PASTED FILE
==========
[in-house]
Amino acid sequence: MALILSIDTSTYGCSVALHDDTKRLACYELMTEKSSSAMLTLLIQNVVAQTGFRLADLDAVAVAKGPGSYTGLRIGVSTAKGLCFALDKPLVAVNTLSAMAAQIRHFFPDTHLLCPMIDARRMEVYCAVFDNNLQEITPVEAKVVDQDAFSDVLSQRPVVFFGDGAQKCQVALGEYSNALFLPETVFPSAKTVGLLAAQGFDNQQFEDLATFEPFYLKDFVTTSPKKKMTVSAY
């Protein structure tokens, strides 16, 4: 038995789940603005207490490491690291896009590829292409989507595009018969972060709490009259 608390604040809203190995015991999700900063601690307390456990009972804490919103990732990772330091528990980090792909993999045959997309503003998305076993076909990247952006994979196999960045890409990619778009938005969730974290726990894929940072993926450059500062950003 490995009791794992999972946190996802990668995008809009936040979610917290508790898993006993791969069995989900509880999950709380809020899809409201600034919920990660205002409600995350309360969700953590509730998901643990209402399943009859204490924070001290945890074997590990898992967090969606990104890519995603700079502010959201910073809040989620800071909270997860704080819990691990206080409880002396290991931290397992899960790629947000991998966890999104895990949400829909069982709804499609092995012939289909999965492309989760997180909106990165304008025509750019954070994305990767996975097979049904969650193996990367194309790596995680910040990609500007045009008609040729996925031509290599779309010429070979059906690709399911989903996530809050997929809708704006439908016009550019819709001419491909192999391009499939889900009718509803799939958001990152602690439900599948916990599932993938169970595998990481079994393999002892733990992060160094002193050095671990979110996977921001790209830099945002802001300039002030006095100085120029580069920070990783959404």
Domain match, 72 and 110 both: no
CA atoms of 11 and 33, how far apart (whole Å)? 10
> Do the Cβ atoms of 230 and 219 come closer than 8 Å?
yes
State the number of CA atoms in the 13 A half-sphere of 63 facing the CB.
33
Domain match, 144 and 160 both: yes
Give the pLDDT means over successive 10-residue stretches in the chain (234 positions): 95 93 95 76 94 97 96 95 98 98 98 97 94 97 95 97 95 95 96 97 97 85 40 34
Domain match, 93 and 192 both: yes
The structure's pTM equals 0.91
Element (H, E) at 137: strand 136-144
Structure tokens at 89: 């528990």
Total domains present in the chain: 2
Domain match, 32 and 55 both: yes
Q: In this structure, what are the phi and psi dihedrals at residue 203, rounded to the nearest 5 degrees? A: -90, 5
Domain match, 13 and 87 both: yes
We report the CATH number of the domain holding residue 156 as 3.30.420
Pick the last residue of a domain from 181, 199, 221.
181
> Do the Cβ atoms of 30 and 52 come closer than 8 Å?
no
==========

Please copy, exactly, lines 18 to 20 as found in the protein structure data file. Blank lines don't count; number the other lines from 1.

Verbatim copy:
Q: In this structure, what are the phi and psi dihedrals at residue 203, rounded to the nearest 5 degrees? A: -90, 5
Domain match, 13 and 87 both: yes
We report the CATH number of the domain holding residue 156 as 3.30.420